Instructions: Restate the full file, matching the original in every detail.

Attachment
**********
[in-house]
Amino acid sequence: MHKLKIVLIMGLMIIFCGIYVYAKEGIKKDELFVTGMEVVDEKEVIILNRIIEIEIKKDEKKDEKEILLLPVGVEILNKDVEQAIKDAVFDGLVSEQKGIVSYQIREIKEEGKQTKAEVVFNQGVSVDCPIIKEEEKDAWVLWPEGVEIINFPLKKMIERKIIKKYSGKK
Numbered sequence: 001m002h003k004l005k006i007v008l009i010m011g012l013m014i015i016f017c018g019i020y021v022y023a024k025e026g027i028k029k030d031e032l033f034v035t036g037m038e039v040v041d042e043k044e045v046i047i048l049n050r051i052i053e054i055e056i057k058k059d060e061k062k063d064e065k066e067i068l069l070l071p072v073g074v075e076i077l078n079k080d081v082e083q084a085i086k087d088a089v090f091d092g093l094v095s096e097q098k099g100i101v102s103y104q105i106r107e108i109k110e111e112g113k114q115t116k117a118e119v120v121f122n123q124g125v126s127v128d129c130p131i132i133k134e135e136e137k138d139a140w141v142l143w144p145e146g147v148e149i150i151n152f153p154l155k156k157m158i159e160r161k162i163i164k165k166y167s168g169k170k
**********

[in-house]
Amino acid sequence: MHKLKIVLIMGLMIIFCGIYVYAKEGIKKDELFVTGMEVVDEKEVIILNRIIEIEIKKDEKKDEKEILLLPVGVEILNKDVEQAIKDAVFDGLVSEQKGIVSYQIREIKEEGKQTKAEVVFNQGVSVDCPIIKEEEKDAWVLWPEGVEIINFPLKKMIERKIIKKYSGKK
Numbered sequence: 001m002h003k004l005k006i007v008l009i010m011g012l013m014i015i016f017c018g019i020y021v022y023a024k025e026g027i028k029k030d031e032l033f034v035t036g037m038e039v040v041d042e043k044e045v046i047i048l049n050r051i052i053e054i055e056i057k058k059d060e061k062k063d064e065k066e067i068l069l070l071p072v073g074v075e076i077l078n079k080d081v082e083q084a085i086k087d088a089v090f091d092g093l094v095s096e097q098k099g100i101v102s103y104q105i106r107e108i109k110e111e112g113k114q115t116k117a118e119v120v121f122n123q124g125v126s127v128d129c130p131i132i133k134e135e136e137k138d139a140w141v142l143w144p145e146g147v148e149i150i151n152f153p154l155k156k157m158i159e160r161k162i163i164k165k166y167s168g169k170k